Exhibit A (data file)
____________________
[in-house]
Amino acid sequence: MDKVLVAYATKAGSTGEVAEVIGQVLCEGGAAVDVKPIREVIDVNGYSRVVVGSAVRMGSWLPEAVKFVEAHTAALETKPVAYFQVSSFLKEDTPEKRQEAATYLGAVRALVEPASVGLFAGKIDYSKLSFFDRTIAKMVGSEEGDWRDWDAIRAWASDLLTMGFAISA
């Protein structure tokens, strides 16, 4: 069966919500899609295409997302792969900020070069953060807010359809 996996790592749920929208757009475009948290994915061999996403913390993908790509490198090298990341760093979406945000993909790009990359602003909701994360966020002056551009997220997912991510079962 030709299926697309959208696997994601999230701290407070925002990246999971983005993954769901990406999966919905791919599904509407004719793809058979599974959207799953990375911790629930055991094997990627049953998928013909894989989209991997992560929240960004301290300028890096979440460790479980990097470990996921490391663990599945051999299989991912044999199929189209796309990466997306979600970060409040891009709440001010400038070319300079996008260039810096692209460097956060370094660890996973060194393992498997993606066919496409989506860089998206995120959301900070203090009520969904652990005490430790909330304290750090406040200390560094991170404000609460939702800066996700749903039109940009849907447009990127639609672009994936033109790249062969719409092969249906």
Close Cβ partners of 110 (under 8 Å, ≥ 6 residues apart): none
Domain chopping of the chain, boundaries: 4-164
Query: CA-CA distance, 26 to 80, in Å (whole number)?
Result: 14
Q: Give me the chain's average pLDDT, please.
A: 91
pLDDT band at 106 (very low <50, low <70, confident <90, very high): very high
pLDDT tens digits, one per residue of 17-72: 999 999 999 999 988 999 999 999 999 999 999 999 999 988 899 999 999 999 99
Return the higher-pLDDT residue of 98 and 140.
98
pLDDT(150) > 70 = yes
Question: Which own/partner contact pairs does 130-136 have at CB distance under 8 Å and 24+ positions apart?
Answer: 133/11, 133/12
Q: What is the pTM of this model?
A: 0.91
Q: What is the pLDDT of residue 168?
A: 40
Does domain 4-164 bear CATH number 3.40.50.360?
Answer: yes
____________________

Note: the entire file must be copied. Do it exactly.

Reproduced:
[in-house]
Amino acid sequence: MDKVLVAYATKAGSTGEVAEVIGQVLCEGGAAVDVKPIREVIDVNGYSRVVVGSAVRMGSWLPEAVKFVEAHTAALETKPVAYFQVSSFLKEDTPEKRQEAATYLGAVRALVEPASVGLFAGKIDYSKLSFFDRTIAKMVGSEEGDWRDWDAIRAWASDLLTMGFAISA
């Protein structure tokens, strides 16, 4: 069966919500899609295409997302792969900020070069953060807010359809 996996790592749920929208757009475009948290994915061999996403913390993908790509490198090298990341760093979406945000993909790009990359602003909701994360966020002056551009997220997912991510079962 030709299926697309959208696997994601999230701290407070925002990246999971983005993954769901990406999966919905791919599904509407004719793809058979599974959207799953990375911790629930055991094997990627049953998928013909894989989209991997992560929240960004301290300028890096979440460790479980990097470990996921490391663990599945051999299989991912044999199929189209796309990466997306979600970060409040891009709440001010400038070319300079996008260039810096692209460097956060370094660890996973060194393992498997993606066919496409989506860089998206995120959301900070203090009520969904652990005490430790909330304290750090406040200390560094991170404000609460939702800066996700749903039109940009849907447009990127639609672009994936033109790249062969719409092969249906």
Close Cβ partners of 110 (under 8 Å, ≥ 6 residues apart): none
Domain chopping of the chain, boundaries: 4-164
Query: CA-CA distance, 26 to 80, in Å (whole number)?
Result: 14
Q: Give me the chain's average pLDDT, please.
A: 91
pLDDT band at 106 (very low <50, low <70, confident <90, very high): very high
pLDDT tens digits, one per residue of 17-72: 999 999 999 999 988 999 999 999 999 999 999 999 999 988 899 999 999 999 99
Return the higher-pLDDT residue of 98 and 140.
98
pLDDT(150) > 70 = yes
Question: Which own/partner contact pairs does 130-136 have at CB distance under 8 Å and 24+ positions apart?
Answer: 133/11, 133/12
Q: What is the pTM of this model?
A: 0.91
Q: What is the pLDDT of residue 168?
A: 40
Does domain 4-164 bear CATH number 3.40.50.360?
Answer: yes